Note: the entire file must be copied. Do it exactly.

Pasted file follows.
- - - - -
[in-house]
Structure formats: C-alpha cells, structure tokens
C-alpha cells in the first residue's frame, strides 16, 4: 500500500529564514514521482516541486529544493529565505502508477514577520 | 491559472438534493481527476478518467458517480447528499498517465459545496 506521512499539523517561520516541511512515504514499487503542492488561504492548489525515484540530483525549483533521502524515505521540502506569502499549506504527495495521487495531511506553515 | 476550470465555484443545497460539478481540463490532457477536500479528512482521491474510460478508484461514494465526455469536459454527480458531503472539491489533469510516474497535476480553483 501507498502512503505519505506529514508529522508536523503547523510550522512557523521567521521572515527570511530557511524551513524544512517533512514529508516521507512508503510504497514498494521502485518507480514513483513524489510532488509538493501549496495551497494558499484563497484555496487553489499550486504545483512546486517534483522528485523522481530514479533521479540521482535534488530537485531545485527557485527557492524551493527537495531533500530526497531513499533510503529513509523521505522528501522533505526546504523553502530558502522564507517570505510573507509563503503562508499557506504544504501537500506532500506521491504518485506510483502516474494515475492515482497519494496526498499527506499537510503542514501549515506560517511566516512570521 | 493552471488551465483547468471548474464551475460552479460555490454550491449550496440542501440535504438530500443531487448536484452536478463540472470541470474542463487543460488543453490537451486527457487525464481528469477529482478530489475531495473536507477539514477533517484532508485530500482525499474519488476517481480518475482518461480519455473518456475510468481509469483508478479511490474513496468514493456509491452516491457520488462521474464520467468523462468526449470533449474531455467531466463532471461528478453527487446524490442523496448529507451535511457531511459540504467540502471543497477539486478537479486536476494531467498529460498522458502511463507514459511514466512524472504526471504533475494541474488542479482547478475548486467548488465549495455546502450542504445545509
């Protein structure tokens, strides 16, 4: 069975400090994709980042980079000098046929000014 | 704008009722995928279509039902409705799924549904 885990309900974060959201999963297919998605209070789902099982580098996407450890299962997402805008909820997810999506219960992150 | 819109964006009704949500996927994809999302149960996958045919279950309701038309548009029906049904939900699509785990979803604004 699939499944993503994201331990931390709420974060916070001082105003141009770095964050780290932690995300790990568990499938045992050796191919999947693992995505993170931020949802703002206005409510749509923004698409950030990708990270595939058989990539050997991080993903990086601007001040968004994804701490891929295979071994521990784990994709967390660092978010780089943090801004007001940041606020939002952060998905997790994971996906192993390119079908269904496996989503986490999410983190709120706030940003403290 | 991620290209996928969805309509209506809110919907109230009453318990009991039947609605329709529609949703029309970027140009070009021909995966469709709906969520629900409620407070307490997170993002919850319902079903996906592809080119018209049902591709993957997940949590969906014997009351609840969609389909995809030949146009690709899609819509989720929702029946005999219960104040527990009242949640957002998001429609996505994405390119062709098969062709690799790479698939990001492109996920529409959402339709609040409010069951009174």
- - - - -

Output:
[in-house]
Structure formats: C-alpha cells, structure tokens
C-alpha cells in the first residue's frame, strides 16, 4: 500500500529564514514521482516541486529544493529565505502508477514577520 | 491559472438534493481527476478518467458517480447528499498517465459545496 506521512499539523517561520516541511512515504514499487503542492488561504492548489525515484540530483525549483533521502524515505521540502506569502499549506504527495495521487495531511506553515 | 476550470465555484443545497460539478481540463490532457477536500479528512482521491474510460478508484461514494465526455469536459454527480458531503472539491489533469510516474497535476480553483 501507498502512503505519505506529514508529522508536523503547523510550522512557523521567521521572515527570511530557511524551513524544512517533512514529508516521507512508503510504497514498494521502485518507480514513483513524489510532488509538493501549496495551497494558499484563497484555496487553489499550486504545483512546486517534483522528485523522481530514479533521479540521482535534488530537485531545485527557485527557492524551493527537495531533500530526497531513499533510503529513509523521505522528501522533505526546504523553502530558502522564507517570505510573507509563503503562508499557506504544504501537500506532500506521491504518485506510483502516474494515475492515482497519494496526498499527506499537510503542514501549515506560517511566516512570521 | 493552471488551465483547468471548474464551475460552479460555490454550491449550496440542501440535504438530500443531487448536484452536478463540472470541470474542463487543460488543453490537451486527457487525464481528469477529482478530489475531495473536507477539514477533517484532508485530500482525499474519488476517481480518475482518461480519455473518456475510468481509469483508478479511490474513496468514493456509491452516491457520488462521474464520467468523462468526449470533449474531455467531466463532471461528478453527487446524490442523496448529507451535511457531511459540504467540502471543497477539486478537479486536476494531467498529460498522458502511463507514459511514466512524472504526471504533475494541474488542479482547478475548486467548488465549495455546502450542504445545509
């Protein structure tokens, strides 16, 4: 069975400090994709980042980079000098046929000014 | 704008009722995928279509039902409705799924549904 885990309900974060959201999963297919998605209070789902099982580098996407450890299962997402805008909820997810999506219960992150 | 819109964006009704949500996927994809999302149960996958045919279950309701038309548009029906049904939900699509785990979803604004 699939499944993503994201331990931390709420974060916070001082105003141009770095964050780290932690995300790990568990499938045992050796191919999947693992995505993170931020949802703002206005409510749509923004698409950030990708990270595939058989990539050997991080993903990086601007001040968004994804701490891929295979071994521990784990994709967390660092978010780089943090801004007001940041606020939002952060998905997790994971996906192993390119079908269904496996989503986490999410983190709120706030940003403290 | 991620290209996928969805309509209506809110919907109230009453318990009991039947609605329709529609949703029309970027140009070009021909995966469709709906969520629900409620407070307490997170993002919850319902079903996906592809080119018209049902591709993957997940949590969906014997009351609840969609389909995809030949146009690709899609819509989720929702029946005999219960104040527990009242949640957002998001429609996505994405390119062709098969062709690799790479698939990001492109996920529409959402339709609040409010069951009174």